The sexual reflection of our body image

I was caught by a news headline that in a
poll of a thousand people
, approximately 50% of female participants say they
would rather go without sex for the summer than gain 10 pounds. One quarter of
the male respondents agreed. The Nutrisystem poll was supported by recent

European research
with 12,000 participants. The study found that obese women
were 30% less likely to have a sexual partner than normal weight women.
Interestingly this did not hold up for obese men.


photo via

Katie Tegtmeyer

How we imagine how other people see our bodies and how we perceive ourselves
when we look in the mirror, or touch and smell ourselves has a significant yet
complex impact on how we think about ourselves sexually. Body image doesn’t just
include our estimation or our shape and weight compared with the ideal cultural
body type, it also often includes our feelings about specific body parts. Our
feelings about our own bodies are a learned response based on the ideal of
beauty that our society and families value. Growing up comparing ourselves and
being compared to a specific type of beauty is how our feelings about our bodies
grow in us.

While weight issues are often the leaders in poor body images, equally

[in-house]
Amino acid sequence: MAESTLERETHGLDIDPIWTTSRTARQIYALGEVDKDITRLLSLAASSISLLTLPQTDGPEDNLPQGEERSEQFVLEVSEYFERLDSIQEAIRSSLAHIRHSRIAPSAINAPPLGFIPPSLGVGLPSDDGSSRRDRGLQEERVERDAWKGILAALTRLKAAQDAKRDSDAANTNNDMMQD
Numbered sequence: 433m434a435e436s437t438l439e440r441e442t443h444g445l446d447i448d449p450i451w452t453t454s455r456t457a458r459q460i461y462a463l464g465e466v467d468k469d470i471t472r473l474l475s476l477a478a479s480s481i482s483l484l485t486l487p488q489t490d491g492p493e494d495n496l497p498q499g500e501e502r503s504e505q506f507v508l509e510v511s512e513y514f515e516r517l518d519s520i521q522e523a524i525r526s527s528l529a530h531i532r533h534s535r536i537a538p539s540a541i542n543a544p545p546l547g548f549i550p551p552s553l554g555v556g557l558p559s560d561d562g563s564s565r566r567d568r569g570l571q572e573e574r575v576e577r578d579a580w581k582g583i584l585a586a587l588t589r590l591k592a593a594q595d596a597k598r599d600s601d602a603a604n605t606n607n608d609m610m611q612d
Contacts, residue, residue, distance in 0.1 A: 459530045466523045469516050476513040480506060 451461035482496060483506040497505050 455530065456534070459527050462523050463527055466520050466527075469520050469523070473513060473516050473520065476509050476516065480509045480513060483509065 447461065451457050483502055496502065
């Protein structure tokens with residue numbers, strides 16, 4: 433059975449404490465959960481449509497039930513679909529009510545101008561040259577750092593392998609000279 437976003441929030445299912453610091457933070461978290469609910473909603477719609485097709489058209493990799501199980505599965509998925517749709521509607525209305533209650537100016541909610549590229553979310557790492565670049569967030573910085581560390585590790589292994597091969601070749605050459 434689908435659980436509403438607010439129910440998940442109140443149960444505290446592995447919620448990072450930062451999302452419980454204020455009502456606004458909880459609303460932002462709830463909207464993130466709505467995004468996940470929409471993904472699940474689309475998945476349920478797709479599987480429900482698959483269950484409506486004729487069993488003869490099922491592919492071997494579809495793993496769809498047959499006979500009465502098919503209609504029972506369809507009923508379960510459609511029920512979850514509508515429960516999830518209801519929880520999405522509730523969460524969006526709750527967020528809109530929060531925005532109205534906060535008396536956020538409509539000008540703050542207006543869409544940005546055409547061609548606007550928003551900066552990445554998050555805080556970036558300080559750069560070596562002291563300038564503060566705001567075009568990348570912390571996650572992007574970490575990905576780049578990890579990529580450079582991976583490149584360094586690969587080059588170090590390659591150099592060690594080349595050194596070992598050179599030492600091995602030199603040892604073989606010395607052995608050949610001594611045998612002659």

detrimental are feelings of inadequacy from the size and appearance from the
size, shape and appearance of genitals and breasts. Many men and women compare
themselves to pornographic images of sexualized body parts The actors in these
films do not reflect the norm, they got those jobs because of their unnaturally
large endowments.

Surprisingly we all believe that there is a direct and simple relationship
between having a positive sense of physical self and a positive relationship
with sexuality. On a certain level, it is true that feeling good about your
body makes you more comfortable with it and more likely to create healthy sexual

Interestingly, positive body image doesn’t always lead to healthy sexuality.
Studies have shown that the opposite is true for men with a positive body
images. They were more likely to engage in risky sexual behavior than men with
lower body esteem. However women with positive body images were less likely to
engage in risky sexual behavior. It is hard to understand these differences,
except in the context of the mysterious and unique relationship we all have to
our sexuality. What’s more is that the impact between body image and sexuality
functions in the inverse as well. Satisfying sexual exploration and behavior can
have a positive impact on body image.

Women who don’t feel sexy because of their body image in the world, have
reported high levels of sexual satisfaction
. The power of engaging and
satisfying intimacy lifts the inhibitions and self consciousness that women
experience. This is a paradigm shift in the same way that we are beginning to
recognize that waking up the arousal mechanism in the body can shift the mental
experience of desire. The act of intimacy and the deep satisfaction that
accompanies it can actually turn the body image problem on its head.


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